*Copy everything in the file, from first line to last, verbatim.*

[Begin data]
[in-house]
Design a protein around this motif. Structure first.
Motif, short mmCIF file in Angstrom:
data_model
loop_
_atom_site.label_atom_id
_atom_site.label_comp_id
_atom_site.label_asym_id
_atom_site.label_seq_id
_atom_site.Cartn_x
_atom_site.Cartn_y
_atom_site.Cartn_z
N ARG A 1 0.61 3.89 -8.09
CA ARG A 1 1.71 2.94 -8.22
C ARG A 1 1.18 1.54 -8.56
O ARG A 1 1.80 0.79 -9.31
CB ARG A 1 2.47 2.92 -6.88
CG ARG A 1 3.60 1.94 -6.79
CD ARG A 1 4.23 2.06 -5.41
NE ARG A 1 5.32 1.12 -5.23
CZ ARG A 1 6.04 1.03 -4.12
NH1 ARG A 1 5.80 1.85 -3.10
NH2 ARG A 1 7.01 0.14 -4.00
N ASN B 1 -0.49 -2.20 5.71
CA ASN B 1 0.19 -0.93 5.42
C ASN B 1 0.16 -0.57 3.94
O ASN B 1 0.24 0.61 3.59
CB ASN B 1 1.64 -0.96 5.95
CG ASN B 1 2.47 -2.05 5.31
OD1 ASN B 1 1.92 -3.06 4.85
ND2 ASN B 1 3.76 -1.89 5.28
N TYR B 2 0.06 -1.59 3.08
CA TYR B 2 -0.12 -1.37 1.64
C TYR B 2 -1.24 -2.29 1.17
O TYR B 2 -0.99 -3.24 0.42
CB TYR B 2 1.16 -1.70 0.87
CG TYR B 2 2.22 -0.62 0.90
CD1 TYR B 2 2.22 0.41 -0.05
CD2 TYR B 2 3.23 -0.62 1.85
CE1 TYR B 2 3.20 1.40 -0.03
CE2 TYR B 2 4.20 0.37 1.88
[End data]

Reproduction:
[in-house]
Design a protein around this motif. Structure first.
Motif, short mmCIF file in Angstrom:
data_model
loop_
_atom_site.label_atom_id
_atom_site.label_comp_id
_atom_site.label_asym_id
_atom_site.label_seq_id
_atom_site.Cartn_x
_atom_site.Cartn_y
_atom_site.Cartn_z
N ARG A 1 0.61 3.89 -8.09
CA ARG A 1 1.71 2.94 -8.22
C ARG A 1 1.18 1.54 -8.56
O ARG A 1 1.80 0.79 -9.31
CB ARG A 1 2.47 2.92 -6.88
CG ARG A 1 3.60 1.94 -6.79
CD ARG A 1 4.23 2.06 -5.41
NE ARG A 1 5.32 1.12 -5.23
CZ ARG A 1 6.04 1.03 -4.12
NH1 ARG A 1 5.80 1.85 -3.10
NH2 ARG A 1 7.01 0.14 -4.00
N ASN B 1 -0.49 -2.20 5.71
CA ASN B 1 0.19 -0.93 5.42
C ASN B 1 0.16 -0.57 3.94
O ASN B 1 0.24 0.61 3.59
CB ASN B 1 1.64 -0.96 5.95
CG ASN B 1 2.47 -2.05 5.31
OD1 ASN B 1 1.92 -3.06 4.85
ND2 ASN B 1 3.76 -1.89 5.28
N TYR B 2 0.06 -1.59 3.08
CA TYR B 2 -0.12 -1.37 1.64
C TYR B 2 -1.24 -2.29 1.17
O TYR B 2 -0.99 -3.24 0.42
CB TYR B 2 1.16 -1.70 0.87
CG TYR B 2 2.22 -0.62 0.90
CD1 TYR B 2 2.22 0.41 -0.05
CD2 TYR B 2 3.23 -0.62 1.85
CE1 TYR B 2 3.20 1.40 -0.03
CE2 TYR B 2 4.20 0.37 1.88